Manila, Philippines – A Philippine-made car is competing in one of the most revolutionary racing events in the world… and also among the quietest.
The Sikat II solar car developed by De La Salle University engineering students and faculty will be racing in the 3,000-kilometer 11th World Solar Challenge (WSC) in Australia starting Sunday.
The biannual race draws innovators from all over the globe to show what long-distance transport can be in an oil-depleted future. It also promises to be an adventure for the racing teams, with camping in the desert and the occasional kangaroo darting onto the race route, which stretches from Darwin in Australia’s northern tip to Adelaide on the country’s southern coast.
Unlike the roar of conventional internal combustion engines that run on fossil fuels, electric cars powered by solar energy like the Sikat II simply hum even at its top speed of 110 kilometers per hour.
The Sikat II is also a statement of solar energy’s state of the art in the Philippines, where university researchers are harnessing the cutting-edge advantages of solar cells made locally. The country is a growing exporter of solar panels and other technologies.
The Philippines’ solar car and the team running it, Team Solar Philippines, are competing against vehicles backed by some of the world’s leading universities.
Tokai University, Stanford University, the Massachusetts Institute of Technology, University of Michigan, Cambridge University, University of Toronto are among the top-notch institutions registered in the race.
When the country joined the race for the first time in 2007, it placed 12th in a field of 40. Tokai University’s “Tokai Challenger“ won the race in 2009.
DLSU professor and Sikat II team leader Jose Antonio “Jack“ Catalan told GMA News Online via phone interview that their solar car passed the pre-race “dynamic tests“ to determine vehicle stability and road-worthiness.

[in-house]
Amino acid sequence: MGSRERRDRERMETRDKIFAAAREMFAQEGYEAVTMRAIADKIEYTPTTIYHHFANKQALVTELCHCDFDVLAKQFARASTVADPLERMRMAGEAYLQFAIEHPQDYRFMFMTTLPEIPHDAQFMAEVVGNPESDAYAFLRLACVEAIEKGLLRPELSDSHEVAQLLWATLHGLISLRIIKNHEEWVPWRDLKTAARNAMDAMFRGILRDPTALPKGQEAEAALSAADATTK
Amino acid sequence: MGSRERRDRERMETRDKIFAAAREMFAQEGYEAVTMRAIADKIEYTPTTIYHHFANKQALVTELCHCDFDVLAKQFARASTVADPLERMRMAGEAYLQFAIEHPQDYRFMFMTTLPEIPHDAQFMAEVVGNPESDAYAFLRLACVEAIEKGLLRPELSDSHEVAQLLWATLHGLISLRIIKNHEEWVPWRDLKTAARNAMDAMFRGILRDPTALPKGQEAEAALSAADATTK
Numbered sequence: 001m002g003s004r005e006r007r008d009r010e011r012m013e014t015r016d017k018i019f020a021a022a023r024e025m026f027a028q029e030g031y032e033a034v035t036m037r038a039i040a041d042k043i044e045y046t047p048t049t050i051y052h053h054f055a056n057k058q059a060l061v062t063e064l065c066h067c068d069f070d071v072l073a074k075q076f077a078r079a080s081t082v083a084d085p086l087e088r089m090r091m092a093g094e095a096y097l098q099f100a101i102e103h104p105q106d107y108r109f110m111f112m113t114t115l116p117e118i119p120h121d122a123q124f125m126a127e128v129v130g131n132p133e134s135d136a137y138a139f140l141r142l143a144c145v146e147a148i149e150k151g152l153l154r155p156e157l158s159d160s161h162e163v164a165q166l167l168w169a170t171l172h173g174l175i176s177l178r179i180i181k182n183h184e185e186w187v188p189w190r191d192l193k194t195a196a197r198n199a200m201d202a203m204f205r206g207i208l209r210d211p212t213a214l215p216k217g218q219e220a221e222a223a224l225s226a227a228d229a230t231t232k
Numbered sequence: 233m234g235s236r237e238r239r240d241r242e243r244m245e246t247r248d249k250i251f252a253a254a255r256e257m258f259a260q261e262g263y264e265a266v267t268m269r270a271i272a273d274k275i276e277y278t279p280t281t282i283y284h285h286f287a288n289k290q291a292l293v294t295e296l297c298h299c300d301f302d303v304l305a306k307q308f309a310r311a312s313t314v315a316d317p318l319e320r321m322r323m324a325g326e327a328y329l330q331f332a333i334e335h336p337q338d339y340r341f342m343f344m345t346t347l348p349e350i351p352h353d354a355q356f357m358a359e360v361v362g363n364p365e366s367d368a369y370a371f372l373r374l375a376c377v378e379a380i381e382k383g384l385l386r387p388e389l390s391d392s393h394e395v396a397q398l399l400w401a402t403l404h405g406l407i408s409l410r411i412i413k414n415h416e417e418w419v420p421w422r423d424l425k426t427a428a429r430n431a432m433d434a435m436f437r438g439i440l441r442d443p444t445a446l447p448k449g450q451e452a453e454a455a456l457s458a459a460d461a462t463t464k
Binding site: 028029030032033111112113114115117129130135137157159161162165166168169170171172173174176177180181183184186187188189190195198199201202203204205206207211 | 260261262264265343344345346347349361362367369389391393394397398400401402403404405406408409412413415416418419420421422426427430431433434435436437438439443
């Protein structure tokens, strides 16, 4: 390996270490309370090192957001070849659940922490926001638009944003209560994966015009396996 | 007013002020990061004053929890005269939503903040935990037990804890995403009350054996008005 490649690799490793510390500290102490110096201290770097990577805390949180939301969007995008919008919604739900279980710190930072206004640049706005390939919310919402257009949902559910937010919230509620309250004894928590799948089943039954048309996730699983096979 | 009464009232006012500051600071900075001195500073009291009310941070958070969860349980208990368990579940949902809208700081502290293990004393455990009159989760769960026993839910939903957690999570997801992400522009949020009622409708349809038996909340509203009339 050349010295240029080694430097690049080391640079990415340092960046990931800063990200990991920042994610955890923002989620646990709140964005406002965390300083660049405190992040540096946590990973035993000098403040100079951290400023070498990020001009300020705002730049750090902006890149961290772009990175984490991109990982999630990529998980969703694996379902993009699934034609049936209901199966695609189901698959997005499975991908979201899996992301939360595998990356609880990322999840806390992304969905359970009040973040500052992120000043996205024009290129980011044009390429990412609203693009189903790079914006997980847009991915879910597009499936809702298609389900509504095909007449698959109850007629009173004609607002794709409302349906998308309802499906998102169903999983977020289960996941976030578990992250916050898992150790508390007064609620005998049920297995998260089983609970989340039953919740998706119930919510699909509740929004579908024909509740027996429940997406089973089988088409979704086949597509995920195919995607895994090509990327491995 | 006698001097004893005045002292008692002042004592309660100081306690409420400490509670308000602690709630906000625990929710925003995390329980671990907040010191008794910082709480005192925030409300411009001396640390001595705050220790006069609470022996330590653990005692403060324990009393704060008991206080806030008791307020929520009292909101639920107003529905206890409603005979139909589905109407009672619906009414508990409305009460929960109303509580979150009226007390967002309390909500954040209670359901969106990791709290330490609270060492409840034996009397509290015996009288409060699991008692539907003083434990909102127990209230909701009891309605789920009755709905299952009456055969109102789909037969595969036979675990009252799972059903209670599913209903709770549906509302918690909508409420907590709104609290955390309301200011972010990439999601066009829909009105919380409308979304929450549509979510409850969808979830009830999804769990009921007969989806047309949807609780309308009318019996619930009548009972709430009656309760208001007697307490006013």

Those tests covered steering, braking and performance. A “hot lap“ on the track of the Hidden Valley Motorsport Complex near Darwin in northern Australia followed the dynamic scrutiny to determine the starting position on Sunday.
Catalan said the team will strive to achieve optimum energy efficiency so that Sikat II’s solar cells will have enough power to last until the end of the race.
ENERGY CHALLENGE The race has another wrinkle.
The solar cars are only allowed five kilowatt-hours maximum of stored energy in their batteries.
“Having demanded the world’s most efficient electric vehicles to travel the route we make things more difficult by adding the concept of `man vs. the elements’ by regulating the stored energy component to a nominal 10% of that required to complete the journey,“ WSC event director Chris Selwood said.
“Each team will travel as far as it can each day and camp in the desert each night. The exact progress is of course subject to the intensity of the sun, the condition of the road and whether there is any prospect of cloud,“ Selwood added. RACE TIMETABLE Sikat II will be the 32nd solar car to leave the Darwin state square, where the competing vehicles will be flagged off at 8:30 a.m. local time (10 a.m. Manila time).
From Darwin in the north, the solar cars will travel south and are expected to reach the finish line in Adelaide by late Wednesday afternoon.
Organizers said the competing teams must observe local traffic rules, including the speed limits, and non-Australians must have their international drivers’ licenses with them.
“Finish of Timing is a point established outside of the Adelaide urban area. Effectively this will determine the winner, however the solar car must still proceed under its own power to the ceremonial finish line in Victoria Square, the center of Adelaide,“ organizers of the World Solar Challenge also said.